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Korea Institute of Ocean Science & Technology

KIOST Confirms Movement of Marine Litter from North Korea and China into the East Sea

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  • Date : 2016-11-05

Tracked course of marine debris using GOCI

 

The Korea Institute of Ocean Science & Technology (KIOST, President Hong Gi-hoon) recently announced that it has tracked the flow of land-based marine debris in the East Sea caused by flooding in the area around the border between North Korea and China in August.

 

Using the marine debris movement and dispersion model developed by the research team led by Park Young-gyu, head of the Physical Oceanography Division, KIOST found that marine debris from North Hamgyong Province, North Korea, and Yanbian, China, had traveled south along the east coast from August 28 to September 26.

The research team projected and tracked the course of the marine debris based on ocean currents and wind using the dispersion model, discovering that the debris found in the waters off Gangneung on September 17 had originated from an area near Duman River on approximately August 28.

 

After analyzing the concentration of the debris, based on high-resolution satellite images taken by the Geostationary Ocean Color Imager (GOCI), the research team led by Cho Seong-ik, head of the Korea Ocean Satellite Center (KOSC) at KIOST, confirmed that the marine litter had moved south along the east coast of Korea.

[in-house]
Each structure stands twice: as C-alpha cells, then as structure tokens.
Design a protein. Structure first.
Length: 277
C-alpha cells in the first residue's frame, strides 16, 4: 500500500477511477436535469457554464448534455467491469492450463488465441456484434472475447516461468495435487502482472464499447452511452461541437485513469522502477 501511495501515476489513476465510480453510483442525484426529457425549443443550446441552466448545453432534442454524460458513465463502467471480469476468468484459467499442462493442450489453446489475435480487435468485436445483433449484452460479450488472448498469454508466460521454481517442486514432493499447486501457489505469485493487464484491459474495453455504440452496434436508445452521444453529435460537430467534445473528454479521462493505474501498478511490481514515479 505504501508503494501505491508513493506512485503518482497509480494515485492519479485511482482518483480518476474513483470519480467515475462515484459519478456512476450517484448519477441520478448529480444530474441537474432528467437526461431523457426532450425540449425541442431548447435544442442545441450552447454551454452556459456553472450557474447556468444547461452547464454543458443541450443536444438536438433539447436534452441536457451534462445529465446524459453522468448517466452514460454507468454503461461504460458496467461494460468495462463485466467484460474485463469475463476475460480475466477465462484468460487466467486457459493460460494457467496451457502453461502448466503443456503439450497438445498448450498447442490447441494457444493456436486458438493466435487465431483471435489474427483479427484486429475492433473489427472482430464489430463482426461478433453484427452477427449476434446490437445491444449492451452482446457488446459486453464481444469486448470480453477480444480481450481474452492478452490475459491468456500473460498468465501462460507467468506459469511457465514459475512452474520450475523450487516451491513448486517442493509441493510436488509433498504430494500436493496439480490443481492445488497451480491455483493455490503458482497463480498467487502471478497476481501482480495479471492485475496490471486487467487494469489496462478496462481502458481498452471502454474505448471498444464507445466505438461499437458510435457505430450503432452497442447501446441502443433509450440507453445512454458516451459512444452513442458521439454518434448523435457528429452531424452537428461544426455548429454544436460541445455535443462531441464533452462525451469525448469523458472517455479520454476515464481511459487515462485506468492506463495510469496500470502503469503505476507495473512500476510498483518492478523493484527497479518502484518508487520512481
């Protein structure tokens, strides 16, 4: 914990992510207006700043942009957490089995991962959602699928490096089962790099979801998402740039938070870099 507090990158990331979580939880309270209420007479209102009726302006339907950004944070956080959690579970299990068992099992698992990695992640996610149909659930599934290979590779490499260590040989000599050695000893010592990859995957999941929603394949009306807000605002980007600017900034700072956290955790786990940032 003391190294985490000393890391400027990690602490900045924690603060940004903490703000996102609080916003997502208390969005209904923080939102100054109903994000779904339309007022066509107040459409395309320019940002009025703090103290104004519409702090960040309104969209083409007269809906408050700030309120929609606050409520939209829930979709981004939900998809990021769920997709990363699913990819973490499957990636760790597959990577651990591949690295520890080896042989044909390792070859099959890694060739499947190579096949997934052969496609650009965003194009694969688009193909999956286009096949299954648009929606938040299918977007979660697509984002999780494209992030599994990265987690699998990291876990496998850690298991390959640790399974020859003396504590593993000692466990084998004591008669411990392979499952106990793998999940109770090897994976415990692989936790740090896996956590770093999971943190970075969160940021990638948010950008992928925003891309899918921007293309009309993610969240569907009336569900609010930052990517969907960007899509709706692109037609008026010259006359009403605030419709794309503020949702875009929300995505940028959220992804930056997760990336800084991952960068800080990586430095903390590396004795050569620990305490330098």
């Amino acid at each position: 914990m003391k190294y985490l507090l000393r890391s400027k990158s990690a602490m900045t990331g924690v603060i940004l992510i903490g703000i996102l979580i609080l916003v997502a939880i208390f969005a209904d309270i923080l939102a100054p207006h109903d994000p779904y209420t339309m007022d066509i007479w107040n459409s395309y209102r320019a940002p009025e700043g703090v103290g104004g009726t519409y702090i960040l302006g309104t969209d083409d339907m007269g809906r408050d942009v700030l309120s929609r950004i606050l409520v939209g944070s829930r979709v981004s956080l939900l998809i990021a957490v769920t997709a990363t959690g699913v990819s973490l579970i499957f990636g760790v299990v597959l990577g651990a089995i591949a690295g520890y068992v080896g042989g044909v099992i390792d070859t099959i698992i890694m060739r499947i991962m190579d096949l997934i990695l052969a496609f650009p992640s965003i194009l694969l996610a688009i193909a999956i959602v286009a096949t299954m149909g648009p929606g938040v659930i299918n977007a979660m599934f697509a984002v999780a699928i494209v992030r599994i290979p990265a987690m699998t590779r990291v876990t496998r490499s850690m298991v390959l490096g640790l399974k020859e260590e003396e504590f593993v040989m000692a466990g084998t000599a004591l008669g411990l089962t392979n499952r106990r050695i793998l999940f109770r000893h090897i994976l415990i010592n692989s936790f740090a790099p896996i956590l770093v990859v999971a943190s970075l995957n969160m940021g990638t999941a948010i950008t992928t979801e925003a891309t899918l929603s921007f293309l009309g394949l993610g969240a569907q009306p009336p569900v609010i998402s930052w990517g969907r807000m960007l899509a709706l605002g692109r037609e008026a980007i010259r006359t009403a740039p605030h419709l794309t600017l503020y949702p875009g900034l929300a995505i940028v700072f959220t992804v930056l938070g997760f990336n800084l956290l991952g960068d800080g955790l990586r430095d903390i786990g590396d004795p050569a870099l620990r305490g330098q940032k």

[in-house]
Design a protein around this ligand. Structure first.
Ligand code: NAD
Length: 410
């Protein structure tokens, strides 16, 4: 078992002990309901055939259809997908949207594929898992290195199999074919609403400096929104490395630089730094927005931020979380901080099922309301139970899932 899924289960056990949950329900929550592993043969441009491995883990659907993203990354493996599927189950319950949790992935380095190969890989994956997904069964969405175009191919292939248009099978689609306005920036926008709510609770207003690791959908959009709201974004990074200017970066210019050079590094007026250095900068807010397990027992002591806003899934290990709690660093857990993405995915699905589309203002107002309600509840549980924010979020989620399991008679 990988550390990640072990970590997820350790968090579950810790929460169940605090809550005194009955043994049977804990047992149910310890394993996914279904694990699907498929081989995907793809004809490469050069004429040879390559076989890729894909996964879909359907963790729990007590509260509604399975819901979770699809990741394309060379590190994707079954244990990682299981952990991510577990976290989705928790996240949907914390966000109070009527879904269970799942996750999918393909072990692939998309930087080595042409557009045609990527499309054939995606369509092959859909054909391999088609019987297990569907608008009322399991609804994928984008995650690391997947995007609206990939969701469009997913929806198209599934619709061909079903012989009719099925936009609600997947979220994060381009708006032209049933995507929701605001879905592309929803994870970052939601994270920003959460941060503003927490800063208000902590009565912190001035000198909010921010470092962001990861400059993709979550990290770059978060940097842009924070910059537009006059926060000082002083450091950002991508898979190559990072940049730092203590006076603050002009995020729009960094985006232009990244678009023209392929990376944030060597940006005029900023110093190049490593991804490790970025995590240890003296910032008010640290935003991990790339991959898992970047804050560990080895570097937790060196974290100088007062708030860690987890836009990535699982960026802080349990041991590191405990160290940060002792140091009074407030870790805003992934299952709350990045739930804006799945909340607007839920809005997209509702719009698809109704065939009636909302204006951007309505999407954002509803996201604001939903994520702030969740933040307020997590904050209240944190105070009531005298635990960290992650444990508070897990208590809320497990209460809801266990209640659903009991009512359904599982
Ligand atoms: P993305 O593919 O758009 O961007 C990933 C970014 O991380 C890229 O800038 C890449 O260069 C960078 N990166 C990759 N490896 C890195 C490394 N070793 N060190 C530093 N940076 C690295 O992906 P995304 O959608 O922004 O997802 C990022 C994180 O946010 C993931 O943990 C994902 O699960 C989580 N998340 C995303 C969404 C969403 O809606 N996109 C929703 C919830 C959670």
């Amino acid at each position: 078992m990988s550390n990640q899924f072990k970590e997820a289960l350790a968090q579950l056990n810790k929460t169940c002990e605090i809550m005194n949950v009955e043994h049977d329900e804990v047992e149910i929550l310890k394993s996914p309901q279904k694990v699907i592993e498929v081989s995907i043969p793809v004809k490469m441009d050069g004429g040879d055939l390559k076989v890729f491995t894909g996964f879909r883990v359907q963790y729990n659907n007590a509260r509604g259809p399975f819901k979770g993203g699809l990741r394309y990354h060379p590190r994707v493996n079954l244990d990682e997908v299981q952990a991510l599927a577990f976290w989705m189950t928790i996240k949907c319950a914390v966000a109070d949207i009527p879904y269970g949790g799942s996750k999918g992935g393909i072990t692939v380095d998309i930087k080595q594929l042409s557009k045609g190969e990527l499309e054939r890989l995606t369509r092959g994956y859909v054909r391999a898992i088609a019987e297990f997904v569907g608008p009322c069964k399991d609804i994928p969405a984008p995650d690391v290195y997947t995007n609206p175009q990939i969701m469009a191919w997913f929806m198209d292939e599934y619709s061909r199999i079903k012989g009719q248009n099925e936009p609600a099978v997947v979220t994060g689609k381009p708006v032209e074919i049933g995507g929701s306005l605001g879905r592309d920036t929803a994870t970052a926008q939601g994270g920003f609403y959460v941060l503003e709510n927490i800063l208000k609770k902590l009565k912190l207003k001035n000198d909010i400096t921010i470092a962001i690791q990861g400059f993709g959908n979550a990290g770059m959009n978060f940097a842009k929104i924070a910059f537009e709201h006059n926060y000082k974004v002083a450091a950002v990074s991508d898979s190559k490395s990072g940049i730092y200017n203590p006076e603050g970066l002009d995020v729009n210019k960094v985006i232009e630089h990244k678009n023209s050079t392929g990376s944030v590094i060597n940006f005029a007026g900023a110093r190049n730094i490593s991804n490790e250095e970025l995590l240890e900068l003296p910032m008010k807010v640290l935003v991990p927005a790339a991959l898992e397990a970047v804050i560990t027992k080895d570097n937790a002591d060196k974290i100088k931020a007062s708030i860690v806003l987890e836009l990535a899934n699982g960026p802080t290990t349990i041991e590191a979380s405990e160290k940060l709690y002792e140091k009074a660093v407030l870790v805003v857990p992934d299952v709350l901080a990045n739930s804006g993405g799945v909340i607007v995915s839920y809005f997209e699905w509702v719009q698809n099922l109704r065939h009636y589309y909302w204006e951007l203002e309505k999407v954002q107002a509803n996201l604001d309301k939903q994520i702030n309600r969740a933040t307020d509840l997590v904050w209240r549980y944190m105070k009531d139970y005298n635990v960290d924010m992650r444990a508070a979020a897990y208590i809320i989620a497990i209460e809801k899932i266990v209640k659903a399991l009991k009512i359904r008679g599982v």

A significant amount of debris, including trash, flows from the land into the sea. According to data from the GOCI satellite, marine debris with a higher concentration than previous years flowed from north to south along the east coast, as was predicted by the dispersion model.

 

President Hong Gi-hoon said, “With our dispersion model and the GOCI satellite, we are able to determine the course of marine debris that flows into the waters off the east coast of Korea. We can also detect green and brown tides.” He went on to say, “We will spare no effort to provide accurate, scientific analyses of various issues concerning the nation’s oceans and coastal areas.”

 

GOCI, the world’s first ocean color observation satellite to be launched in a geostationary orbit, was co-developed by the Ministry of Oceans and Fisheries and Ministry of Science, ICT and Future Planning and launched in 2010. Created to monitor the waters surrounding the Korean Peninsula, the satellite is operated by the Korea Ocean Satellite Center (KOSC) at KIOST to foster the ocean and fishing industries as growth engines for the national economy and systematically manage Korea’s marine territory.

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